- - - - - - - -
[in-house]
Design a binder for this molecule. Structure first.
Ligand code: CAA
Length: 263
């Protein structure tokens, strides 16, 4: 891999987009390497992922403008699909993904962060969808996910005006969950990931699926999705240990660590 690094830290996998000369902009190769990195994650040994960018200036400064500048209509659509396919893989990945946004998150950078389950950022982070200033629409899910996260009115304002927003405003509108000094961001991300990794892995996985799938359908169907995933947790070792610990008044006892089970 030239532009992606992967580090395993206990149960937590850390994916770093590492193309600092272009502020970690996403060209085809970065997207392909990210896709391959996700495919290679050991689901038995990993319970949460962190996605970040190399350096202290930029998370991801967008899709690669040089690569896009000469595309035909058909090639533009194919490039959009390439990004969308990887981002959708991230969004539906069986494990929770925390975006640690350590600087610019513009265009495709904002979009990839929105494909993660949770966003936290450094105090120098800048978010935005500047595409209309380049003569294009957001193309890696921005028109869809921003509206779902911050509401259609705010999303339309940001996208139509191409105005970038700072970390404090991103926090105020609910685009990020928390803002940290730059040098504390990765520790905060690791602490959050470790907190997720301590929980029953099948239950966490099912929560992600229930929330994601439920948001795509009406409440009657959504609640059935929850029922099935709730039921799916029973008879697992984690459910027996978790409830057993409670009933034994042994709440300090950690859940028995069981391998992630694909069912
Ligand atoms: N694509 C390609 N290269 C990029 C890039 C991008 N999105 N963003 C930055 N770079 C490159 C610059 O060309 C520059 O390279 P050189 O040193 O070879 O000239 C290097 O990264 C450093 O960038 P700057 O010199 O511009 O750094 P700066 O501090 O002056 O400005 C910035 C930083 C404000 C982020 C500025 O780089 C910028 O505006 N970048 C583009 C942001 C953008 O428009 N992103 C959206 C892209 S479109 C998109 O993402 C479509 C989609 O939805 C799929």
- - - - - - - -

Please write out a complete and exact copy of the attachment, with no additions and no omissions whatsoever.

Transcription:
[in-house]
Design a binder for this molecule. Structure first.
Ligand code: CAA
Length: 263
């Protein structure tokens, strides 16, 4: 891999987009390497992922403008699909993904962060969808996910005006969950990931699926999705240990660590 690094830290996998000369902009190769990195994650040994960018200036400064500048209509659509396919893989990945946004998150950078389950950022982070200033629409899910996260009115304002927003405003509108000094961001991300990794892995996985799938359908169907995933947790070792610990008044006892089970 030239532009992606992967580090395993206990149960937590850390994916770093590492193309600092272009502020970690996403060209085809970065997207392909990210896709391959996700495919290679050991689901038995990993319970949460962190996605970040190399350096202290930029998370991801967008899709690669040089690569896009000469595309035909058909090639533009194919490039959009390439990004969308990887981002959708991230969004539906069986494990929770925390975006640690350590600087610019513009265009495709904002979009990839929105494909993660949770966003936290450094105090120098800048978010935005500047595409209309380049003569294009957001193309890696921005028109869809921003509206779902911050509401259609705010999303339309940001996208139509191409105005970038700072970390404090991103926090105020609910685009990020928390803002940290730059040098504390990765520790905060690791602490959050470790907190997720301590929980029953099948239950966490099912929560992600229930929330994601439920948001795509009406409440009657959504609640059935929850029922099935709730039921799916029973008879697992984690459910027996978790409830057993409670009933034994042994709440300090950690859940028995069981391998992630694909069912
Ligand atoms: N694509 C390609 N290269 C990029 C890039 C991008 N999105 N963003 C930055 N770079 C490159 C610059 O060309 C520059 O390279 P050189 O040193 O070879 O000239 C290097 O990264 C450093 O960038 P700057 O010199 O511009 O750094 P700066 O501090 O002056 O400005 C910035 C930083 C404000 C982020 C500025 O780089 C910028 O505006 N970048 C583009 C942001 C953008 O428009 N992103 C959206 C892209 S479109 C998109 O993402 C479509 C989609 O939805 C799929």